- Francisco F Moreno
- Daly City, CA
- United States
This conversation is closed.
Who is responsible for resolving the issues of contested territories between nations? How can these opposing claims be settled?
"United States Defence Secretary Chuck Hagel has called on China not to take unilateral action to resolve territorial disputes with Japan or other Asian countries that are increasingly anxious over its posture in territorial disputes.
"Great powers have great responsibilities. And China is a great power," Hagel said, adding he wanted to talk with China about its use of military power.
Hagel was speaking during a visit to ally Japan, where there is growing concern over China's military build-up and its increasingly assertive posture in a territorial dispute with Tokyo over islands in the East China Sea. The defence secretary to depart for Beijing on Monday for an official visit.
"I will be talking with the Chinese about its respect for their neighbours. Coercion, intimidation is a very deadly thing that leads only to conflict," he said, according to Reuters news agency.
"All nations deserve respect, no matter how large or how small," Hagel said, adding, "I think we're seeing some clear evidence of a lack of respect, and coercion and intimidation with ... what the Russians have done in Ukraine."
Countries had to speak up and clearly reject such a blatant violation of international law, said Hagel, referring to Russia's annexation of Ukraine's Crimean peninsula.
Japan has recently drawn parallels between Russia's actions in Crimea and what it sees as China's challenge to the status quo in East China Sea.
Hagel hosted talks last week with Southeast Asian defence ministers where he also warned of growing US concern about territorial disputes in the South China Sea."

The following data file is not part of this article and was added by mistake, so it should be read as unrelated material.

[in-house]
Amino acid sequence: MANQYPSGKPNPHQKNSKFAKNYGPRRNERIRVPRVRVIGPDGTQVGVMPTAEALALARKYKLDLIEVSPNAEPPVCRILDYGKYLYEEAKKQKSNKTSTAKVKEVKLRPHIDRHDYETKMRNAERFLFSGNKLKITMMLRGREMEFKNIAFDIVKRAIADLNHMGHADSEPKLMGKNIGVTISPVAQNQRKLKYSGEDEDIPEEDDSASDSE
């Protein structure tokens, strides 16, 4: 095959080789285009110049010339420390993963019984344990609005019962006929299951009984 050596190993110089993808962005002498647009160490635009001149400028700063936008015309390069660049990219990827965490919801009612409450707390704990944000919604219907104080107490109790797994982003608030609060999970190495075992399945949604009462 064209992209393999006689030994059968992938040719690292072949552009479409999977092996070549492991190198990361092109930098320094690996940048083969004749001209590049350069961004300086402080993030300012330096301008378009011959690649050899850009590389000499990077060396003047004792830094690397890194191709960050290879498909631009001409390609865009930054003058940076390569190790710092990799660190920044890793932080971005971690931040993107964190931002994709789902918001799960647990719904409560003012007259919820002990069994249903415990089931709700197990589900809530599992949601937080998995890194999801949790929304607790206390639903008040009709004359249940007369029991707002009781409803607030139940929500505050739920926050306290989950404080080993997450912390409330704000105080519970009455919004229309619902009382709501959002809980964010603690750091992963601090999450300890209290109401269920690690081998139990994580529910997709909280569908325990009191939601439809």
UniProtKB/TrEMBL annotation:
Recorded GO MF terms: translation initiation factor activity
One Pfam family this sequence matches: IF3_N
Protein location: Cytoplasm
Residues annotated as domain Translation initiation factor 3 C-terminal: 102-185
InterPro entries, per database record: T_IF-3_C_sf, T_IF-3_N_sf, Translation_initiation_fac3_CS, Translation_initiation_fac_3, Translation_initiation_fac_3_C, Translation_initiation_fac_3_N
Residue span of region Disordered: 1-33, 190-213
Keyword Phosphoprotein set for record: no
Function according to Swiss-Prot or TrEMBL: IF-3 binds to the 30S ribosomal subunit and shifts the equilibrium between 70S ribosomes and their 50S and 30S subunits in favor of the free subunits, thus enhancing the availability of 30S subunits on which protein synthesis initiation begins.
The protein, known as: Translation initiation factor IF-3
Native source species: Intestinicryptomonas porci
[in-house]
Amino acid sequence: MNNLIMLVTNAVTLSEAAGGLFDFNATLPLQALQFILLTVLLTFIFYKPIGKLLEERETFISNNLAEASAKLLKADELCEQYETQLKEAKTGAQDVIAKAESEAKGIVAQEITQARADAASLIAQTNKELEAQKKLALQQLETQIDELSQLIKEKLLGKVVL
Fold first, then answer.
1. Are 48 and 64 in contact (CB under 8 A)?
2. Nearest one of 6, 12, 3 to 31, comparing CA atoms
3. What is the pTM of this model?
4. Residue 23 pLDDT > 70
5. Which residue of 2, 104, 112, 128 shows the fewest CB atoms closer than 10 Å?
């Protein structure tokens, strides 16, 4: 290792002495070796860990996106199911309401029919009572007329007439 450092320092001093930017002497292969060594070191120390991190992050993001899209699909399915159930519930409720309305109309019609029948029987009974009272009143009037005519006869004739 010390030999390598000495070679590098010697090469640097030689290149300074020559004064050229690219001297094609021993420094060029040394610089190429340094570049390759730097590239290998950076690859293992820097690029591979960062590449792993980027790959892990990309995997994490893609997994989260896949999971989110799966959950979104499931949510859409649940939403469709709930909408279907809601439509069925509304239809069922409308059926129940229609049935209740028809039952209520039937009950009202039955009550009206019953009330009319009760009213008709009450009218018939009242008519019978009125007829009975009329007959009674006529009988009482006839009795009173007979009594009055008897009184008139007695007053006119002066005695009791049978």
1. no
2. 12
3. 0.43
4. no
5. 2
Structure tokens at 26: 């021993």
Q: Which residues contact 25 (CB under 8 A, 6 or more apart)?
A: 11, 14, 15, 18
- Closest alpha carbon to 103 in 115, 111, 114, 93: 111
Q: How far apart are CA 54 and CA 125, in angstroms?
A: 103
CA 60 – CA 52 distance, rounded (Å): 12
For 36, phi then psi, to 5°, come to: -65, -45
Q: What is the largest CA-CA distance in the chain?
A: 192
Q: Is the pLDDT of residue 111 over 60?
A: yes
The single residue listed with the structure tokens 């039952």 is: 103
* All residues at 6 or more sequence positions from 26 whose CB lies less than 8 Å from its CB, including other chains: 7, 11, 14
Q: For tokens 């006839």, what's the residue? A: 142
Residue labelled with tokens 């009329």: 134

Closing Statement from Francisco F Moreno
"Territorial waters, or a territorial sea, as defined by the 1982 United Nations Convention on the Law of the Sea, is a belt of coastal waters extending at most 12 nautical miles (22.2 km; 13.8 mi) from the baseline (usually the mean low-water mark) of a coastal state. The territorial sea is regarded as the sovereign territory of the state, although foreign ships (both military and civilian) are allowed innocent passage through it; this sovereignty also extends to the airspace over and seabed below. Adjustment of these boundaries is called, in international law, maritime delimitation.
The term "territorial waters" is also sometimes used informally to describe any area of water over which a state has jurisdiction, including internal waters, the contiguous zone, the exclusive economic zone and potentially the continental shelf."
"The contiguous zone is a band of water extending from the outer edge of the territorial sea to up to 24 nautical miles (44.4 km; 27.6 mi) from the baseline, within which a state can exert limited control for the purpose of preventing or punishing "infringement of its customs, fiscal, immigration or sanitary laws and regulations within its territory or territorial sea". This will typically be 12 nautical miles (22 km; 14 mi) wide, but could be more (if a state has chosen to claim a territorial sea of less than 12 nautical miles), or less, if it would otherwise overlap another state's contiguous zone. However, unlike the territorial sea, there is no standard rule for resolving such conflicts and the states in question must negotiate their own compromise. The United States invoked a contiguous zone out to 24 nmi on 24 September 1999."